There is a second part for the qualification into the study.  There are situations that will un-qualify a horse.  The horse can’t be in another study or unsuitable for this study.  The horse can’t enroll if it has another disease.  If the horse can’t get up, or the owner can’t get medication into the horse (or multiple folks will treat the horse) it won’t meet the qualification criteria.

There are some other forms to fill out, the Physical Exam form, the Data Collection form at day 0 and day 14, and a Supplemental History form (these document the criteria used to support the original diagnosis of EPM).  There is a blood draw before and after treatment, the blood is collected in a couple of red top and lavender top tubes, accompanied by a Sample Collection form.  Owners participate in the observations by completing check boxes on the Client Observation form for behavior, appetite, respiration, and occurrence of diarrhea.  Additional space is provided for owner comments.

So far, so good.  But the first inclusion criteria is the most difficult requirement for this study.  The original diagnosis of EPM must be supported by testing and other diagnostic testing as needed. The FDA set the standard as CSF analysis to support the original diagnosis.  After bioassay for antibodies in the CSF the horse must have received a full course of an FDA approved treatment, per label instructions: dose, duration, and frequency, no loading doses or multiple treatments.  Treatment must be what the sponsor intended when they licensed their treatment.  Treatment must be within 90 days of enrollment.  At the end of the FDA approved treatment, if signs (minimum Grade 2) are present, then the horse will qualify for this study.  Also, if within 90 days the horse “relapses” with a Grade 2 deficit, then the horse will qualify for the study.

We recognize that CSF taps are not generally obtained in the field and most veterinarians  test serum, or don’t test at all.  We strongly hold that testing allows the selection of the correct treatment and can be accomplished by serum testing.  Hopefully data from this study will support that rationale, CSF taps aren’t the best criteria to determine a horse that will respond to treatment.

However, until there is a paradigm shift at FDA, we provide a CE course (3 credits) and teach a technique to obtain a CSF tap, in the field, in a standing horse.  Field sedation techniques, using drugs most veterinarians have on hand, allow a veterinarian to get a CSF sample from the neck.  With a bit of practice, the tap can be obtained in a couple of minutes. You can email us for the link or go to the Learn More tab and copy the link from the slide presentation that describes Pathogenes CE program.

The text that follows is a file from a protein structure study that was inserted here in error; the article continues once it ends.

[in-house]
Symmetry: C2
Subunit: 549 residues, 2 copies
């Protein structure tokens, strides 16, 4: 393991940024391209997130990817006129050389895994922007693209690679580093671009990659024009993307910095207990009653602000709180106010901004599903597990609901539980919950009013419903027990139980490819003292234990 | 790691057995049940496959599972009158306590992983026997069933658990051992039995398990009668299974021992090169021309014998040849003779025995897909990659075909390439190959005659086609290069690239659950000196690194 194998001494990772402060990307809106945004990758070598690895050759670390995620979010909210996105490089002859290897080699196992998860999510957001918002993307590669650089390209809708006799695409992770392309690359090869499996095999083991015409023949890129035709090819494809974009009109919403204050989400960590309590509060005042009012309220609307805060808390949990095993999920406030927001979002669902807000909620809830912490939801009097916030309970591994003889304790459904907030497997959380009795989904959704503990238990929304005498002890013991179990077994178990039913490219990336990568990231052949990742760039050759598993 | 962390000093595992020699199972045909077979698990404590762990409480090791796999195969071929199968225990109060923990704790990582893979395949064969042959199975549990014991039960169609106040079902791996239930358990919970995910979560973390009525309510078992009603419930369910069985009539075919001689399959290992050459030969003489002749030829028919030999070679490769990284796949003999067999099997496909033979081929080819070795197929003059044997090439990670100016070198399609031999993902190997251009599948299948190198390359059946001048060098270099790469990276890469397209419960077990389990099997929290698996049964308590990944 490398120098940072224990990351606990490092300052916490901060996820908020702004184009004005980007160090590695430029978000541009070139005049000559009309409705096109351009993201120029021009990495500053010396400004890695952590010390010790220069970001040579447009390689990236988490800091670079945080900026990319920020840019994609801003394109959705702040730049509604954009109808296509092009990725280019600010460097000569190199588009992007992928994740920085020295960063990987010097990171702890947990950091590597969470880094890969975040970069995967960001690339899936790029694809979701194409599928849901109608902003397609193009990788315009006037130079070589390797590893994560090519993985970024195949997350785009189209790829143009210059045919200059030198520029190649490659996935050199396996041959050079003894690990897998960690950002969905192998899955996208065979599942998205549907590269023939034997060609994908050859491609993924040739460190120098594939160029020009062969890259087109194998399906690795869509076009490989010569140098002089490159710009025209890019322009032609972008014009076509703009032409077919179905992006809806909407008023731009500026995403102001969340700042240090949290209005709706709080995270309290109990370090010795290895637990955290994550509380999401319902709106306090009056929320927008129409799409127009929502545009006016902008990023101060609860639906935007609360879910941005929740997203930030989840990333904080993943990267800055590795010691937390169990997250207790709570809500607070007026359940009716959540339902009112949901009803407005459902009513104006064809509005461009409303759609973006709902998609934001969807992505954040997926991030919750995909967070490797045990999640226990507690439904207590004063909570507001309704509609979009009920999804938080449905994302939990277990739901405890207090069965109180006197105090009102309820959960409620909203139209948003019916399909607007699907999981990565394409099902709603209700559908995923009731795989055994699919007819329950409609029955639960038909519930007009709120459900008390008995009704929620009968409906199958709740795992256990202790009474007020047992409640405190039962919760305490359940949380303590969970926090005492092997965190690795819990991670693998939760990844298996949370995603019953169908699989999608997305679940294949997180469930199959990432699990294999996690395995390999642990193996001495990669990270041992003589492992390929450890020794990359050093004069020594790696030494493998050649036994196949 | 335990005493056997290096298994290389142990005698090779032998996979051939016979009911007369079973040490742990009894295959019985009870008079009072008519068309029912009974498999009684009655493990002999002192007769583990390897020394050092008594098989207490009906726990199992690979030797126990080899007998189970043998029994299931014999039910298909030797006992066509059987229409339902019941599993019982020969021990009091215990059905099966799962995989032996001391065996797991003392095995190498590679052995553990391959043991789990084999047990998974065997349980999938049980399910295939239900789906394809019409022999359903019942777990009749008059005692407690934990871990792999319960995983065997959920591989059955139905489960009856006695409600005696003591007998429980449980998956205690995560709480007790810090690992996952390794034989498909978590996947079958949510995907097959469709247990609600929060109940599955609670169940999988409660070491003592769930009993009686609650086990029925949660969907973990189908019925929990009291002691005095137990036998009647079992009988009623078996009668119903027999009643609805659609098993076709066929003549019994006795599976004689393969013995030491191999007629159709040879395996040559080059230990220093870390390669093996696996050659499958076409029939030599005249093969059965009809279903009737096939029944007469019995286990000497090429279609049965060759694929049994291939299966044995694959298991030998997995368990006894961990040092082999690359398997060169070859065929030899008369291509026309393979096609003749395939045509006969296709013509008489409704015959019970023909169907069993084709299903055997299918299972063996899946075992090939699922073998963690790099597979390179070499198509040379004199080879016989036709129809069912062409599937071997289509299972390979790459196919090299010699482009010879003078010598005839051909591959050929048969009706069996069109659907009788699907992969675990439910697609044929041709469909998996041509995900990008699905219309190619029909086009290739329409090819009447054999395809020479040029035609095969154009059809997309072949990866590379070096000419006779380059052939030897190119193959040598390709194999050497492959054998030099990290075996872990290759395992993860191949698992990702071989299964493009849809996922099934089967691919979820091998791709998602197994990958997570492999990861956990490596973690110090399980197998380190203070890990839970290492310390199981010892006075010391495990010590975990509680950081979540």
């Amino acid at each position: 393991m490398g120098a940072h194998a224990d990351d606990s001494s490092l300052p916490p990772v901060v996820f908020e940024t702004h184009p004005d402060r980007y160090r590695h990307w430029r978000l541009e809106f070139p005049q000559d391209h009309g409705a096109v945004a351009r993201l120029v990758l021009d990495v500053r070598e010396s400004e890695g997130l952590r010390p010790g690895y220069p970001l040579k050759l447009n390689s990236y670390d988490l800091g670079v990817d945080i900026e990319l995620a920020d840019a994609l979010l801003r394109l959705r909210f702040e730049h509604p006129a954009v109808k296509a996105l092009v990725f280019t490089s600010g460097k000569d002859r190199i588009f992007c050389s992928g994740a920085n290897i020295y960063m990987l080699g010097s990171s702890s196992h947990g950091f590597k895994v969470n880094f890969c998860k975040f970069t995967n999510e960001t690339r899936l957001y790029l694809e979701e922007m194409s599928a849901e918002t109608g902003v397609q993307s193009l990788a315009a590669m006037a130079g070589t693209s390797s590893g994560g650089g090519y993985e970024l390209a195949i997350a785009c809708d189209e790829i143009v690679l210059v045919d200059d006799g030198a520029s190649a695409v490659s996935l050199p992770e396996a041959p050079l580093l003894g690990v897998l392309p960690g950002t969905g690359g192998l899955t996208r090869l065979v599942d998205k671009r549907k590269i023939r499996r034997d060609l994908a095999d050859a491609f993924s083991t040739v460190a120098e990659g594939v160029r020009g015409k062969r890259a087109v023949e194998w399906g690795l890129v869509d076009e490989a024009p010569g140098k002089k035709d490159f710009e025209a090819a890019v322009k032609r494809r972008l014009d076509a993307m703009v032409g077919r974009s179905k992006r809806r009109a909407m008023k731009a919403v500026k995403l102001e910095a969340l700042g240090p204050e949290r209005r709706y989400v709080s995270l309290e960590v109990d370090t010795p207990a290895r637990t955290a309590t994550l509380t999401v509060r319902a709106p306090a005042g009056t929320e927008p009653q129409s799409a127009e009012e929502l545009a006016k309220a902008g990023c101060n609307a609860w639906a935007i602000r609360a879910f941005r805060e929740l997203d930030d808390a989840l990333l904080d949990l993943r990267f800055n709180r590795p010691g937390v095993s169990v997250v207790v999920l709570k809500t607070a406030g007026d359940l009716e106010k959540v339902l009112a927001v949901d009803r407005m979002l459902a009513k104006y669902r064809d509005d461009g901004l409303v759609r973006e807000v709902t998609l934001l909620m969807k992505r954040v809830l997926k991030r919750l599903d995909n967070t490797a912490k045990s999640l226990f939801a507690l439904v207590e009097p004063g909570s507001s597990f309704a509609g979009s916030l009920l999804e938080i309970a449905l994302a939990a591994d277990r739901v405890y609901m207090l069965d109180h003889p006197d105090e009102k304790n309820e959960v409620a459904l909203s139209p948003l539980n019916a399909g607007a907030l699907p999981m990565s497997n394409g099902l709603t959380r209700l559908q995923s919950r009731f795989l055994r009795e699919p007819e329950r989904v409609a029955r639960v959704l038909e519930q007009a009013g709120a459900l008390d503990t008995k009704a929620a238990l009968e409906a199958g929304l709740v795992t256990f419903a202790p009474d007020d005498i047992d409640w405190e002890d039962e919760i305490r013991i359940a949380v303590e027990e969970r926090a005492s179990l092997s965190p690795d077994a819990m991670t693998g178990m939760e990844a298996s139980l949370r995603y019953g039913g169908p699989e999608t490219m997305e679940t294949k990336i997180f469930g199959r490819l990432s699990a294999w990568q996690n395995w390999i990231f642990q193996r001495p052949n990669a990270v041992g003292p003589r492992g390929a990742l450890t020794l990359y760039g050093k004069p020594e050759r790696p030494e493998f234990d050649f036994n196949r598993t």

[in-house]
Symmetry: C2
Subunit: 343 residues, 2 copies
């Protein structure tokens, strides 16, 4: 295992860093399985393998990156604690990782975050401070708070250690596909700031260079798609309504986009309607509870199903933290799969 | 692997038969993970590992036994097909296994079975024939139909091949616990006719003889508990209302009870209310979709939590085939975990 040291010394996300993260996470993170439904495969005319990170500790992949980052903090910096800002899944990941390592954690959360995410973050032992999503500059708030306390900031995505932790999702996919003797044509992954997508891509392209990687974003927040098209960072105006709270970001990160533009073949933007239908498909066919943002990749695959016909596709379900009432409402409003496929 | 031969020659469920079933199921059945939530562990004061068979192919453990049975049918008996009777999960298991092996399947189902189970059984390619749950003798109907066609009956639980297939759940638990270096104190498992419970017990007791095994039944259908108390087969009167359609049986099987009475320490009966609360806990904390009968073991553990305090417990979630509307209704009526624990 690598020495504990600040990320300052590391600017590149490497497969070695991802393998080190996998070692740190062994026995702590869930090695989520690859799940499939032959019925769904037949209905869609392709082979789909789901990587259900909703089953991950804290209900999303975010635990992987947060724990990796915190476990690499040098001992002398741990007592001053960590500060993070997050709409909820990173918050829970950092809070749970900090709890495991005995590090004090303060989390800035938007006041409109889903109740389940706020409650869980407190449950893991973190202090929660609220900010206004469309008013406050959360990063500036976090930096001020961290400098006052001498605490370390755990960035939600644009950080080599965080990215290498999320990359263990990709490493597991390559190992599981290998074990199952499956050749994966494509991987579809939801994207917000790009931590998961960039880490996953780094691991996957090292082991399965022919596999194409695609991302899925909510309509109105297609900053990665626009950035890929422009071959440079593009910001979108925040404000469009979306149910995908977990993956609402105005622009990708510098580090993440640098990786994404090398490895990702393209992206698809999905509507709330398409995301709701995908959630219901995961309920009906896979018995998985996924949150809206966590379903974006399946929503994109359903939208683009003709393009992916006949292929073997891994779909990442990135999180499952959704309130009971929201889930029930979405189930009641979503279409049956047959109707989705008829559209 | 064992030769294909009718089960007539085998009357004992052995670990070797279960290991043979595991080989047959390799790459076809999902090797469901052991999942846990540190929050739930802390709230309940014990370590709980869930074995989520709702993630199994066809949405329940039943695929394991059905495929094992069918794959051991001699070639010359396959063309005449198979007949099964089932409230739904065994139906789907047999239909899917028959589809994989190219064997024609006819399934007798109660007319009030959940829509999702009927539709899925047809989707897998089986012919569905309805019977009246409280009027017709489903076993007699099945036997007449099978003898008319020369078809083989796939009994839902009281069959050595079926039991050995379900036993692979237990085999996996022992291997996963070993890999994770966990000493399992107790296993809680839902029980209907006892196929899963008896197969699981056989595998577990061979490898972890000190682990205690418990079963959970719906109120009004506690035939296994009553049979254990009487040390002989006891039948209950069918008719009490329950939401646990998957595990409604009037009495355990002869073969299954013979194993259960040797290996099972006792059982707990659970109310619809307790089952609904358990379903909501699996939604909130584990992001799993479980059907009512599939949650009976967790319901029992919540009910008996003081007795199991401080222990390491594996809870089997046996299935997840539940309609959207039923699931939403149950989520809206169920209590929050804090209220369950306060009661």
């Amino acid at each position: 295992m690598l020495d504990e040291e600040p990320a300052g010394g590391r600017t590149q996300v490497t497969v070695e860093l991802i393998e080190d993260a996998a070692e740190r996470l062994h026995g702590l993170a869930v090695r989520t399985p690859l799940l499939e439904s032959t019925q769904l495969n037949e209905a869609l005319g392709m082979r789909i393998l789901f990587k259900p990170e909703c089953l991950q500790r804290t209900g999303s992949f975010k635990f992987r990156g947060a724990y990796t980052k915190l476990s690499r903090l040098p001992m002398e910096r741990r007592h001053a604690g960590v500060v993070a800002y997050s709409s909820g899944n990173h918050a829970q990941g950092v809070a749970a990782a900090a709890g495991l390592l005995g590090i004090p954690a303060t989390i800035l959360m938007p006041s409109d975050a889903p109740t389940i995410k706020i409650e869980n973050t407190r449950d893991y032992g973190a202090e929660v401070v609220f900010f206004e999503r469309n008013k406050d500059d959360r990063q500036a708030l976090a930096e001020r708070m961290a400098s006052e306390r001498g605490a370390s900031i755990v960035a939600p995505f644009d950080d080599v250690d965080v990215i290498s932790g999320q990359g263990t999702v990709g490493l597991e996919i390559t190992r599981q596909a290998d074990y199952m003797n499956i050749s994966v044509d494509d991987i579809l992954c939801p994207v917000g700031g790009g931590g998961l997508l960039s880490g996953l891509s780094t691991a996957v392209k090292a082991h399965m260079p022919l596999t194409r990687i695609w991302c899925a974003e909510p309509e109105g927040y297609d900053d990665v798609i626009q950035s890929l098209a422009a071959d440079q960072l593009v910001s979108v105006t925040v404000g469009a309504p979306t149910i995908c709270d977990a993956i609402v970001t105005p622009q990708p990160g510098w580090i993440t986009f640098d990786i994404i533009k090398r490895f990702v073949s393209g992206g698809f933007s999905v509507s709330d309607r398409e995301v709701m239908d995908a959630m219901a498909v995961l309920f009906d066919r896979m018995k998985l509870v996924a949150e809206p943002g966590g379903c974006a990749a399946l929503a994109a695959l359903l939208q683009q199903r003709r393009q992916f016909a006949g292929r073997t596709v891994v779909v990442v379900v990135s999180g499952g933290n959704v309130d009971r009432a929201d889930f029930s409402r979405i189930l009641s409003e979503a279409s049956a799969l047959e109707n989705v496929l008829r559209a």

We will continue to use models that advance our ideas because idea-modeling will result in more treatment options for horses and their caretakers.  For example we learned about the effect Sarcocystis fayeri, a common protozoal infection in horses, can have on neuromuscular disease.  Another example is the presence of autoimmune disease in horses, when treated early the horse can have several more years of useful life. A  limited enrollment, placebo controlled study gathers statistical data.  After the “reasonable expectation” of clinical benefit study a conditional license is issued and a larger field effectiveness study is conducted.

We are far from finished and need your to help in these studies if new equine treatments are desired in the pipeline.  From idea to models to field use, it’s expensive and time consuming.  It’s highly rewarding.  This is our commitment to the horse community and any part you can play is appreciated.


Some horses with equine protozoal myeloencephalitis (EPM) resolve their issues with treatment, these cases are simple.  Some horses continue to have gait problems that span years, they “relapse” year after year.  These are complex cases.  One common strategy is to treat the EPM-suspect horse and see what happens.  If the horse fails on treatment or “relapses” some suggest that the relapses “must reflect either new infections or reactivation of latent  infections” (MacKay 2008).

The comments about treating relapses states: “there is no obvious rationale for using a different drug to treat recrudescent EPM than was used to treat the primary presentation.  In my (MacKay) experience, regardless of the drug used, the response to treatment of each successive relapse is incrementally less complete.”  This approach leads veterinarians to extend the course of therapy, use higher doses of the same therapy, combine antiprotozoal, switch from one approved drug to another, institute “maintenance” antiprotozoal drug therapy…

Complex neurologic cases may be difficult to treat, not due to a lack of treatment effectiveness, but rather a lack of understanding of the pathogenesis of disease and the the drugs that should be used for the disease process.  Treatment response is a part of elucidating the disease in horses.Testing is critical to understanding what the disease process is in the horse.

Diagnosis of EPM is difficult and it is common knowledge that there are no “EPM” tests.   EPM is a syndrome that involves protozoal infection and signs that result from Sarcocystis-associated  infection.  An antibody test that detects protozoa won’t diagnose the inflammatory component of disease.  The presence or absence of antibodies can rule in or rule out the involvement of Sarcocystis. The inflammatory processes can linger long after the horses immune system resolved the active infection.  Inflammation makes EPM complicated to detect and treat.  The inflammatory process is not detected by circulating or CSF antibodies.

We are piecing together puzzling aspects of neuromuscular disease in horses and can help you understand some of those difficult cases.  Important aspects to consider are the presence/absence of Sarcocystis neurona antibodies, the serotype of the S. neurona infection, the host’s inflammatory response to protozoal infections, the presence of Sarcocystis fayeri toxins in horses, autoimmune antibodies, and the pharmacodynamics of treatment on both the horse and the parasites.